While we put our seatbelts on to wait out the long haul of the pandemic, with new variations of Covid keeping the waves of the pandemic going and us on edge, we were hit with controversy over precautionary measures like masking and social distancing and the role of government and public health – a divide between people advocating for individual freedom and those advocating for taking care of each other. This divide ramped up once vaccines became available with some waiting in line to receive them and others very vocally and often aggressively questioning their validity. The Trucker Convoy in Ottawa, Canada was ostensibly about a response to vaccination mandates, speaking to and fueling the pent-up frustration that has had little or no release for two years.

Climate change continues unabated showing up in severe weather patterns, fires, floods, droughts and other natural disasters.

Conspiracy theories about just about everything abounds. The divides between conservative and liberal ideologies, right and left wing, continue to be exacerbated. It is hard to know anymore what is truth and what is lies. There are far too many interested in stoking the divide who don’t seem to care about whether what they promote is based in lies or truth, just bring on the chaos and anarchy.

The 2020 US election results sparked yet another series of exhausting disinformation campaigns, culminating with the January 6, 2021 insurrection in Washington. The investigation into what happened currently makes headline news around the world. At the same time, in Nova Scotia, the investigation into the mass murder is also making headline news. All of it is hard to take in. Because we don’t just see it. The energy of it seeps into our consciousness and our souls. We feel it, even when we feel numb.

And because that is not enough, Putin decided to invade Ukraine causing wanton destruction throughout the country and killing masses of innocent people. At 45 years old, President Volodymyr Zelenskyy has become an unlikely hero of the free world, coalescing many layers and levels of support that has not yet stopped the killing. This invasion has consequences, reverberations and impact throughout the world, including the impact of economic sanctions on Russia.

Inflation added onto a housing market that has been off the charts in many places. Gas prices and stock markets bouncing all over the place. All other worries are now compounded by greater financial insecurity for many, if not food and housing insecurity. Not to mention if you are trying to flee from war.

It is one more thing on top of one more thing on top of one more thing. That we don’t just witness. We feel. And often we feel helpless.

The sun wants to shine in Sancerre, France, but is covered by a haze of dust from the Sahara desert. It feels like an apt metaphor for what many of us are experiencing in 2022.

It is no wonder a backed-up toilet, a deck that needs replacing, a new car purchase, ill health, an unexpected announcement, an empty grocery store shelf, can cause us to feel like we have no reserves to draw on. We have been living in heightened alert for two years, while more isolated from friends, families and colleagues or, in contrast, in demanding work environments that require people to be onsite whether that is retail or health care or some other front line function. Each day has added slightly more pressure and it is exponential rather than simply additive. And, if we live in our safe cities, rather than those being bombed, relief, guilt and helplessness can compete for attention within our psyches.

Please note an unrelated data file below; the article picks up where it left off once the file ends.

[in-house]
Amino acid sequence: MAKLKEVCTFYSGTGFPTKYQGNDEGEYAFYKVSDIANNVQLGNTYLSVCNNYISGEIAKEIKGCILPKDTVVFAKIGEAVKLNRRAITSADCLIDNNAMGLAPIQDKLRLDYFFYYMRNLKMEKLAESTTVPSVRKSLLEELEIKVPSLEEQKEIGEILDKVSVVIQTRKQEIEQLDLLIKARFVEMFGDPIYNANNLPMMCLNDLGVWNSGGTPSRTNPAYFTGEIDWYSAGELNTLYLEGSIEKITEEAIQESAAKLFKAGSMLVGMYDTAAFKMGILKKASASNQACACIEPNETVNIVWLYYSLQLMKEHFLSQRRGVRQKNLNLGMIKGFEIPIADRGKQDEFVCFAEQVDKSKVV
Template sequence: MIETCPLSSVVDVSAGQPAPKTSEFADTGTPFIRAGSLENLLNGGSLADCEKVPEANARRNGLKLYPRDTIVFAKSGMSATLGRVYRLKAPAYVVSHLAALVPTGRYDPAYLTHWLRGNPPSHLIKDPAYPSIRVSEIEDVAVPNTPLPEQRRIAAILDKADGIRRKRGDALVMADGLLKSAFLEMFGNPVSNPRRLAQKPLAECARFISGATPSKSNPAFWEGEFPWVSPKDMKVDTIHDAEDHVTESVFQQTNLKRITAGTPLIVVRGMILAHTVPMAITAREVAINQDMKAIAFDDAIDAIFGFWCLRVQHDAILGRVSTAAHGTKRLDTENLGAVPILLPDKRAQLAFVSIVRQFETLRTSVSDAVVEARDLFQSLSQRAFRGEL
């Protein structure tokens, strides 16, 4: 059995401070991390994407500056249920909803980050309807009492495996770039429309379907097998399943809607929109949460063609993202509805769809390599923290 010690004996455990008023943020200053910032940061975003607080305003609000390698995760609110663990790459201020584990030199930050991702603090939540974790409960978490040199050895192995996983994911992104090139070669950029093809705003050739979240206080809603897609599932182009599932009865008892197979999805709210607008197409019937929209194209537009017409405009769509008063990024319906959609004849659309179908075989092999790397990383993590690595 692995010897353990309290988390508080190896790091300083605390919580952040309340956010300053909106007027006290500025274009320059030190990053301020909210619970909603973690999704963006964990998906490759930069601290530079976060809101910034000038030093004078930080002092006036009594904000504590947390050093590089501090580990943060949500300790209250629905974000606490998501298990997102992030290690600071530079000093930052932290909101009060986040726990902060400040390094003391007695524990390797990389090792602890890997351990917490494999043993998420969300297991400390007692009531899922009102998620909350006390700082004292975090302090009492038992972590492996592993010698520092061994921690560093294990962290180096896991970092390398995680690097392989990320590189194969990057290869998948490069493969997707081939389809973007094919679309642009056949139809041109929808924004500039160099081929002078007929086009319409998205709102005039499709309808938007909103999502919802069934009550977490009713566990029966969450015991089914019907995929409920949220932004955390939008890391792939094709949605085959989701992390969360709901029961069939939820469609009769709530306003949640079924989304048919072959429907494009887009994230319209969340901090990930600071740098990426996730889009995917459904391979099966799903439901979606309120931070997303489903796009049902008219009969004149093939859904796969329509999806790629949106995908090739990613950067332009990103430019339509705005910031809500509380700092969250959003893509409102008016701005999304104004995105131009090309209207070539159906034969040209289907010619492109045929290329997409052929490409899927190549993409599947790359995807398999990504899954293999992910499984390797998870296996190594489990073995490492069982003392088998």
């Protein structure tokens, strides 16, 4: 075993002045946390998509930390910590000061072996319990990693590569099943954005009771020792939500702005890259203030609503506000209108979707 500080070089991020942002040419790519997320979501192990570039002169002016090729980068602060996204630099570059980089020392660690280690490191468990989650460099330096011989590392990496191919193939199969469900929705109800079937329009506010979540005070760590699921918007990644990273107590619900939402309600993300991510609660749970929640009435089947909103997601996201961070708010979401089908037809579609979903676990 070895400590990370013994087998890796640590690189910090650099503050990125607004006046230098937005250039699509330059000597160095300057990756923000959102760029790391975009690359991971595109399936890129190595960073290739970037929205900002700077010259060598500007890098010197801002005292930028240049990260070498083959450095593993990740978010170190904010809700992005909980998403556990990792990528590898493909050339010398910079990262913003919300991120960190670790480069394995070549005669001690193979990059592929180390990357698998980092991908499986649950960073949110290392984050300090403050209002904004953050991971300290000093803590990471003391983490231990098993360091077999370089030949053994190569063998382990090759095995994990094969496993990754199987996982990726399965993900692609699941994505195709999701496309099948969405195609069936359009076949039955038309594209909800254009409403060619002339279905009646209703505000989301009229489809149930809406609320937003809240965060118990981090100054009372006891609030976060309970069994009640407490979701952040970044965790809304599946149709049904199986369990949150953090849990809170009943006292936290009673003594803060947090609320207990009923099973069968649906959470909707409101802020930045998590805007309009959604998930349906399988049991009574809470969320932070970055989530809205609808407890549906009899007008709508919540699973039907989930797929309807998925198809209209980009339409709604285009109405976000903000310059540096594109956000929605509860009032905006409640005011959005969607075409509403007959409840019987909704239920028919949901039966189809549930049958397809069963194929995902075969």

So, yes, I am a little more frayed than I used to be. I think we all are. It feels hard to simultaneously be in a world that is falling apart or blowing up while, for many of us, still living our daily lives as though all of that is not going on. I have had a few “normal” experiences lately that created more stress than usual. Dealing with my bank on some things, working to meet key deadlines, differences of opinion on the development of creative material. I’ve noticed the need to apologize a few times for being short or frustrated with people. And, I’ve noticed being extra complimentary to people for what they are doing, recognizing many people dealing with customers are more often on the receiving end of the publics’ frayed nerves. Expressing appreciation, kindness or support is so notable, people talk about how much they appreciate it.

Noticing it all. Trying not to be too grumpy. Remembering kindness is an antidote. Knowing that putting words and language to what we are experiencing helps. Wondering when we will have a collective reprieve. Wondering also what collective scars we will carry into the future. Remembering what fuels the spirit. For me, hanging out with my grandchildren because they call me into presence and brighten my spirit. Getting outside in the fresh air. Meditation and ritual practices. I feel a little less frayed once I’ve had the chance to center and ground myself. And I wonder how long or what it will take to feel a full renewal of the soul.

Chasing a Dream or Hosting It Into Being?

For years, with a previous partner, we tried to build a consulting company that would make a difference in the world. It was a dream, a vision we worked hard to bring into being. Sadly we were not individually or together in alignment or coherent with ourselves. We could try to chase that dream all we wanted, but it refused to manifest. Upon reflection, it was an ego driven dream.